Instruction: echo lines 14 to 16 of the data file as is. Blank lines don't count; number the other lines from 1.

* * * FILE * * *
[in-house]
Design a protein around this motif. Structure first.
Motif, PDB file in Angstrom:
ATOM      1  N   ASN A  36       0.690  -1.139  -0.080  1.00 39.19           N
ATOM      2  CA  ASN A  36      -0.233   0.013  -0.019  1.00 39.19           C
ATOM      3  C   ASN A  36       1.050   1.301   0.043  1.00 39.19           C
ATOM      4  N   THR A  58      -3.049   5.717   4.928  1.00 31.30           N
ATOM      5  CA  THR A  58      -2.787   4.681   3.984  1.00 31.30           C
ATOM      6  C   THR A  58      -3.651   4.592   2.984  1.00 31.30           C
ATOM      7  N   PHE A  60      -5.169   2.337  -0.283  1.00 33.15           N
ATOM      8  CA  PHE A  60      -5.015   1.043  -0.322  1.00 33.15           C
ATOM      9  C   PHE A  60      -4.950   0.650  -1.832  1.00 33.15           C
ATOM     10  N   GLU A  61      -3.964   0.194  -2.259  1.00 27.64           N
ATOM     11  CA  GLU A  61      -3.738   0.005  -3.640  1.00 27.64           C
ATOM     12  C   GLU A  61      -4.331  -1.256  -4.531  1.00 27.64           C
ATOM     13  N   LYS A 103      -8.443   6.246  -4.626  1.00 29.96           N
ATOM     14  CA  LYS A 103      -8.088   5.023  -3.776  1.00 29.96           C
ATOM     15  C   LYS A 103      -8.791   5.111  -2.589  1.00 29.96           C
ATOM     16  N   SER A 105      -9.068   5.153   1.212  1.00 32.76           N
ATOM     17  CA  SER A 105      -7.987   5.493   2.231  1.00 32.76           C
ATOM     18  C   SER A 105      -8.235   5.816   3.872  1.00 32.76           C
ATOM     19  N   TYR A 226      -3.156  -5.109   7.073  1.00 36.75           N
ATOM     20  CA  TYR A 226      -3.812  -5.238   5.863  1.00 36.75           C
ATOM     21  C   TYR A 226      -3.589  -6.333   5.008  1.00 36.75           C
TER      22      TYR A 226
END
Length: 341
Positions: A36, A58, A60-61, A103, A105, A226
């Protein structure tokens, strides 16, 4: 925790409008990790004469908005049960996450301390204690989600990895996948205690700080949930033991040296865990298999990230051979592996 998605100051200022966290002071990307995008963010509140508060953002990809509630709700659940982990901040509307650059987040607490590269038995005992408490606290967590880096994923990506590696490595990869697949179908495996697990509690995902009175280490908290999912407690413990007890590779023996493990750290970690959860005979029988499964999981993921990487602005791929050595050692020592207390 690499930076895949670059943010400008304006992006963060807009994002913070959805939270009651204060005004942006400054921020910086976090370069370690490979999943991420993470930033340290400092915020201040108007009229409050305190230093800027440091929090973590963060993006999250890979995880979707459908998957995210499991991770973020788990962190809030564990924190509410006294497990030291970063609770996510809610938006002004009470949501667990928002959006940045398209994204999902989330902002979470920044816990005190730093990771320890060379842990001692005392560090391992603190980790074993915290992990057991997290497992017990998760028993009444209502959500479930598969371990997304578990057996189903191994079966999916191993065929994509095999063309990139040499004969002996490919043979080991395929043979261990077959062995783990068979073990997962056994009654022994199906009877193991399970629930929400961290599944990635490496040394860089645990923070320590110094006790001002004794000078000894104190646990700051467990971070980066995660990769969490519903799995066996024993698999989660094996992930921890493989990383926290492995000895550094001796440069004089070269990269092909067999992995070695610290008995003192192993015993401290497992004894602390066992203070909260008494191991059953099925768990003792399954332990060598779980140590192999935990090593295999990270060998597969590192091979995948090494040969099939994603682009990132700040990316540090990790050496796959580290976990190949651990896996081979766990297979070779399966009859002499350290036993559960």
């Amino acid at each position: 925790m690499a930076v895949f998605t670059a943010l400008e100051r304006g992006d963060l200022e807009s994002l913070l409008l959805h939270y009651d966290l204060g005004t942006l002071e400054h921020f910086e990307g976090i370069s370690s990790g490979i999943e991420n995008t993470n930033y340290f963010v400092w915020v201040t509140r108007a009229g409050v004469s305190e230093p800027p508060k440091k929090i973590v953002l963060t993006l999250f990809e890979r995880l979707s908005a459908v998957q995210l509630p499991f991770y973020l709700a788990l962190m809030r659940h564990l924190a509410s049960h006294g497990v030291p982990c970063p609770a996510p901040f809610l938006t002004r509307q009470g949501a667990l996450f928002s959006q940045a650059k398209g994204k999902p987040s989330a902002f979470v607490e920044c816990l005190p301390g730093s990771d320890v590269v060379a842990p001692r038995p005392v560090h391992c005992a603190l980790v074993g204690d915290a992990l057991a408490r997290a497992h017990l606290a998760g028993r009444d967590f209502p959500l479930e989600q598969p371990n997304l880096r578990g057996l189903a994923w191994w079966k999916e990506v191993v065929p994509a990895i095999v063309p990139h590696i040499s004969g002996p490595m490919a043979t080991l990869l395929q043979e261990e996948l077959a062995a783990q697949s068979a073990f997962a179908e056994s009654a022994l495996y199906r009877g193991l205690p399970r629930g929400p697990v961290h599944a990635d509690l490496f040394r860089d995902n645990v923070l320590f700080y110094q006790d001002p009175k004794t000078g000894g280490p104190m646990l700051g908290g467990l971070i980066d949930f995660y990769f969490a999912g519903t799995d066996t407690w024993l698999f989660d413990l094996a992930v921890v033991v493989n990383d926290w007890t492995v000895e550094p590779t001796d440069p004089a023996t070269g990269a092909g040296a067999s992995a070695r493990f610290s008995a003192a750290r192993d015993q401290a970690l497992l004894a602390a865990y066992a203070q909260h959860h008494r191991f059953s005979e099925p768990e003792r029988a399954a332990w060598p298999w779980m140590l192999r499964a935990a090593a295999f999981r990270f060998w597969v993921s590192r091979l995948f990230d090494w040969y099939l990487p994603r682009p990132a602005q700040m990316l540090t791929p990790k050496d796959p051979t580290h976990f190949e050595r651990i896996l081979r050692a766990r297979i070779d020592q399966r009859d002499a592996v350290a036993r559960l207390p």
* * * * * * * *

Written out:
ATOM     11  CA  GLU A  61      -3.738   0.005  -3.640  1.00 27.64           C
ATOM     12  C   GLU A  61      -4.331  -1.256  -4.531  1.00 27.64           C
ATOM     13  N   LYS A 103      -8.443   6.246  -4.626  1.00 29.96           N